Hi, I am very sorry if you have already covered this but I’ve had a good scout around but can’t find anything that quite fits my question - but did note what Aran said in 2014 about dd, th, f, v and checking the vocab list.
Firstly though, thank you all very much indeed for putting this course together. I’ve found it excellent in every way. I used my Welsh for the first time yesterday - albeit briefly and tentatively. My host, who is a first language speaker from N. Wales was surprised and delighted!
I’ve been learning for about a month now (no, really) and have got to Challenge 12 today where we are using "she’d better, he’d better etc) I’ve listened and listened but can’t work out whether the sound after “well” is a f or dd sound. It sounds as if it’s a “f” sound (Aran) and sometimes “dd” (Cat). I have looked at the vocab list (for the first time and can see what it looks like formally - well iddi hi – she’d better etc) but my question is how should it sound when spoken. To me “she’d better” sounds pretty much the same as saying “well i fi” when Aran says the shortened form. I’ve had the same problem with what sounds to me like “be fe fe’n” which I see on the vocab list is “Byddai fe’n”. These are the only examples where the sound is not clear to me so I wondered whether there was something special about these colloquial forms. I should add that I’m from south London originally and there is a bit of a temptation to turn th into v (e.g. brother - bruvver.) so maybe it’s just my ears.
Congratulations for being off to such a flying start, and for having used your Welsh ‘in the wild’ already
This is, I think, more about how our brains fill in gaps/mishearing that aren’t familiar to us - rather than any actual sound shifts in colloquial speech - so when you’re hearing ‘well i fi’ instead of ‘well iddi hi’, I can promise you that I’m making the ‘dd’ sound/mouth shape - same with ‘byddai fo’n’… it just turns out that it can be surprisingly tricky to unpick dd from f and vice versa…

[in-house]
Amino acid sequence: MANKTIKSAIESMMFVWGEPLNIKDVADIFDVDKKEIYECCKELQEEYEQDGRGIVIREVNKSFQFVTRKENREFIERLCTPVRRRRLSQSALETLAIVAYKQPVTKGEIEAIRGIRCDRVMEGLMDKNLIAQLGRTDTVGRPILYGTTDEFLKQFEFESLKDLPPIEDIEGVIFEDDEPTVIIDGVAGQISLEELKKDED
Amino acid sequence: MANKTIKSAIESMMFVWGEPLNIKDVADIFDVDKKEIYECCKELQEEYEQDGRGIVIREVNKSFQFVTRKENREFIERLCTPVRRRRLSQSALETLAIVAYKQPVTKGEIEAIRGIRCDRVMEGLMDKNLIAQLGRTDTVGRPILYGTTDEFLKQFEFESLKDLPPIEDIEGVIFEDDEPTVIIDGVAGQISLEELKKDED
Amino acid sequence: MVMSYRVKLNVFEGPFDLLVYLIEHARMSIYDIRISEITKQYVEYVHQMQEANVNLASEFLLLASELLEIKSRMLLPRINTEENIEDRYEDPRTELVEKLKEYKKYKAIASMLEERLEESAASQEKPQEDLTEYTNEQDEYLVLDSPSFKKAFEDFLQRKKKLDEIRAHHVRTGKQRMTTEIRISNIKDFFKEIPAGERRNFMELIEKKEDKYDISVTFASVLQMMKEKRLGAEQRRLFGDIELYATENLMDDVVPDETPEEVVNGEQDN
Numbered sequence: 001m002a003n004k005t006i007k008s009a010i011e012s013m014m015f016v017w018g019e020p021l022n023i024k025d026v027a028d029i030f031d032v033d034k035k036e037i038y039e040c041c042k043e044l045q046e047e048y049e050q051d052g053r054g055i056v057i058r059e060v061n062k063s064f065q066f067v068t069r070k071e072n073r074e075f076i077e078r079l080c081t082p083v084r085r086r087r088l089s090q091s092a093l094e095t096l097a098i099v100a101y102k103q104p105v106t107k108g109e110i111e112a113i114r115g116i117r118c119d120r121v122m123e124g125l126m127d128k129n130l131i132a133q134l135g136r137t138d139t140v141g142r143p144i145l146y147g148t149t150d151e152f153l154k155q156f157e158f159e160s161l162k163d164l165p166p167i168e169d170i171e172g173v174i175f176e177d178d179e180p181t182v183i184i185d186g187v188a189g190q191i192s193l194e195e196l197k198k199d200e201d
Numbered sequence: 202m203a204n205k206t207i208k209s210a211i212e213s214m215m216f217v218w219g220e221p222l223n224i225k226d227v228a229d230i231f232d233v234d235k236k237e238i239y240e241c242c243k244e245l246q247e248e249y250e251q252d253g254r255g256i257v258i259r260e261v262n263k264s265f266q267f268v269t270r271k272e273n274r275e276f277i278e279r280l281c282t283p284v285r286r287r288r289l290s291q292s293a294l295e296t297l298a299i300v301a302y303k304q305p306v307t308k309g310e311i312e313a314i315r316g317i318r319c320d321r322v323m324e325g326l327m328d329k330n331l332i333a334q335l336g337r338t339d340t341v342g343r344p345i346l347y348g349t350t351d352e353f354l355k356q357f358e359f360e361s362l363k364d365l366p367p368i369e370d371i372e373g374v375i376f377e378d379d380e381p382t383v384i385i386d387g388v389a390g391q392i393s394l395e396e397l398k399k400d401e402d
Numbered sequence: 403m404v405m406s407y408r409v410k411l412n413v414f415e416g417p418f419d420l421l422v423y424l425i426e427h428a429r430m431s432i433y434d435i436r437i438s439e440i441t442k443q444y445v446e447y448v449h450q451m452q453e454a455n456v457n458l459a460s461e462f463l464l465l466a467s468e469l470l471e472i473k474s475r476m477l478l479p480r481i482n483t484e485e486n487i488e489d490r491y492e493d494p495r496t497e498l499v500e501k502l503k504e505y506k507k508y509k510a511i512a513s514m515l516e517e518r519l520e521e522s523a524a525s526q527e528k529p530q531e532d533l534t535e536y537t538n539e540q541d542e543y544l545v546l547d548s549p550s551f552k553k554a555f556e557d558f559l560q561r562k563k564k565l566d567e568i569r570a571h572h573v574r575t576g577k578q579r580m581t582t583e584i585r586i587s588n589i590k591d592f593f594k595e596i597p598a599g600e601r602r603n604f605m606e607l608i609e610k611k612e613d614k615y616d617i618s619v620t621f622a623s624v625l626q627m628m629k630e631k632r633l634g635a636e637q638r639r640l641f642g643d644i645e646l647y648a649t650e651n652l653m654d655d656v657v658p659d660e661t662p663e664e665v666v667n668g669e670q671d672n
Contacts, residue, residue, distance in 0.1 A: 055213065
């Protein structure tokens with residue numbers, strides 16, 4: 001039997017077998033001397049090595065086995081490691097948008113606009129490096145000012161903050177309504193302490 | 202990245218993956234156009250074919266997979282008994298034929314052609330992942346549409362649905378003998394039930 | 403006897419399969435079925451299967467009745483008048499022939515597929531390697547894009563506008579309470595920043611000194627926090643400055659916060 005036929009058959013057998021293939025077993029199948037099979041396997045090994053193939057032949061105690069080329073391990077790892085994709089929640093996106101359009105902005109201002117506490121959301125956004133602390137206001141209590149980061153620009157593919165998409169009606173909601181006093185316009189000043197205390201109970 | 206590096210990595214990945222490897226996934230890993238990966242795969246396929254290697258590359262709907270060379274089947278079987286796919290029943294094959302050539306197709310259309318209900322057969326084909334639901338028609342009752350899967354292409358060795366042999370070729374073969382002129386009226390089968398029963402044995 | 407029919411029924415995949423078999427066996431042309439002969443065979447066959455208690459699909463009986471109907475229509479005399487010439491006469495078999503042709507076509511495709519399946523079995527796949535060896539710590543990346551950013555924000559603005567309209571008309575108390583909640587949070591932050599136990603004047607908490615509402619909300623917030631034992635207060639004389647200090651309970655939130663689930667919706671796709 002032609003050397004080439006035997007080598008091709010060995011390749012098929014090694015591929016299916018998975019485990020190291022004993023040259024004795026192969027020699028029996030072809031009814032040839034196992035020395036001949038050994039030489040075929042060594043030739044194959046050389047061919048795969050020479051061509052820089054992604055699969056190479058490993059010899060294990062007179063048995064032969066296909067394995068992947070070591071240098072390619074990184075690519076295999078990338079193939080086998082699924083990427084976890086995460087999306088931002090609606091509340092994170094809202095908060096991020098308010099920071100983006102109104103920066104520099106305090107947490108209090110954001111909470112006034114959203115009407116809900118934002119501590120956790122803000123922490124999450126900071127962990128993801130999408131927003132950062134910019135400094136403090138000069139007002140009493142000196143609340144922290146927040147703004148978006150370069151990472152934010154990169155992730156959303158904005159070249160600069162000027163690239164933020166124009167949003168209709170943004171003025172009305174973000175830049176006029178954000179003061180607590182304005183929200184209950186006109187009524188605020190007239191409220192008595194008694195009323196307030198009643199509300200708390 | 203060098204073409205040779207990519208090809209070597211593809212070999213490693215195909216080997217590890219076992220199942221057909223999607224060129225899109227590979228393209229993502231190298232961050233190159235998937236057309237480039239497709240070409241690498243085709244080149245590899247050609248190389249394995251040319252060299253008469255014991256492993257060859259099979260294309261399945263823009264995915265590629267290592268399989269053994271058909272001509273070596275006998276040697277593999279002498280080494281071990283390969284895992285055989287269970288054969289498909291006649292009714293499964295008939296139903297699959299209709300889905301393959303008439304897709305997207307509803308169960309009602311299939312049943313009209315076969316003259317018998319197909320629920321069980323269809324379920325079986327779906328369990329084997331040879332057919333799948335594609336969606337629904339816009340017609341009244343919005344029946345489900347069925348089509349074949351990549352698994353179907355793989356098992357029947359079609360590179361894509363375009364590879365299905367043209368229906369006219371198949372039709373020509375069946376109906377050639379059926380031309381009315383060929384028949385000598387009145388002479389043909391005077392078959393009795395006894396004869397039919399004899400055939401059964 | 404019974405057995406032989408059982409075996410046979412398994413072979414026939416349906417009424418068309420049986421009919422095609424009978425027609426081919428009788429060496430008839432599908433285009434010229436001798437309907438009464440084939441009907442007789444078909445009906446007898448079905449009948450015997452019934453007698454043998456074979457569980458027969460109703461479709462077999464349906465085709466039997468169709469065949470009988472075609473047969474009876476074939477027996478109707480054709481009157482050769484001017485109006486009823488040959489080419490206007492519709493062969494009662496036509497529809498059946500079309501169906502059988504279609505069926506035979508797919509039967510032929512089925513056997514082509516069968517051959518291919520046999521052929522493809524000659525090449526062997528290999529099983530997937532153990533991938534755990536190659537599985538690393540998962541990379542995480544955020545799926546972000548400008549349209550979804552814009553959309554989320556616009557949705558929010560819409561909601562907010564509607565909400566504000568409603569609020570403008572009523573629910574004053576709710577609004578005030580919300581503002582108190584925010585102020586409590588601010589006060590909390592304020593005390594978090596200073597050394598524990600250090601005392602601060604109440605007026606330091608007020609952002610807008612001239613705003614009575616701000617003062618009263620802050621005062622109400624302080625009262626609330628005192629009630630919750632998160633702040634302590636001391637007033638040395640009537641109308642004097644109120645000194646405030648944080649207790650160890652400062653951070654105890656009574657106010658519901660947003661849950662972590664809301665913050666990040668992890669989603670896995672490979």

But don’t worry, because it works in reverse most of the time, too - if you say ‘byfai fo’ in casual conversation, most first language speakers will hear ‘byddai fo’ - it’s only when it plays around with meaning that you might get hiccups, like ‘well i fi’ instead of ‘well iddi hi’ - but in that case, you’ll get people going ‘uh? ti neu hi?’ and it gets sorted out…
Croeso / welcome.
I don’t know if this will help you but, if you can say (and hear) the “TH” and "V"s in the English phrase “THis Very eVening” you are very close to being able to say and hear the Welsh “dd” and “f”. There is no “v” in the Welsh alphabet by the way (at least not in my dictionaries).
Another big variable, of course, is the quality of the reproduction system (earphones / loudspeakers etc) at the listener’s end.
I’m glad I’m not the only one with that problem. I’m from north London and I think I’ve had to use the vocab lists for almost every word that contains dd and/or f, although I don’t have nearly the same problem with th and ff. Huw has a good point about your speakers as I do find them easier to work out with headphones. However, I think because in my case the sounds have been interchangeable for several decades my brain doesn’t always notice the difference.
One thing I have found on this course is that it’s surprising how much detail you don’t actually hear when you’re listening to speech even if you understand it perfectly and how much your brain fills in the blanks without you noticing.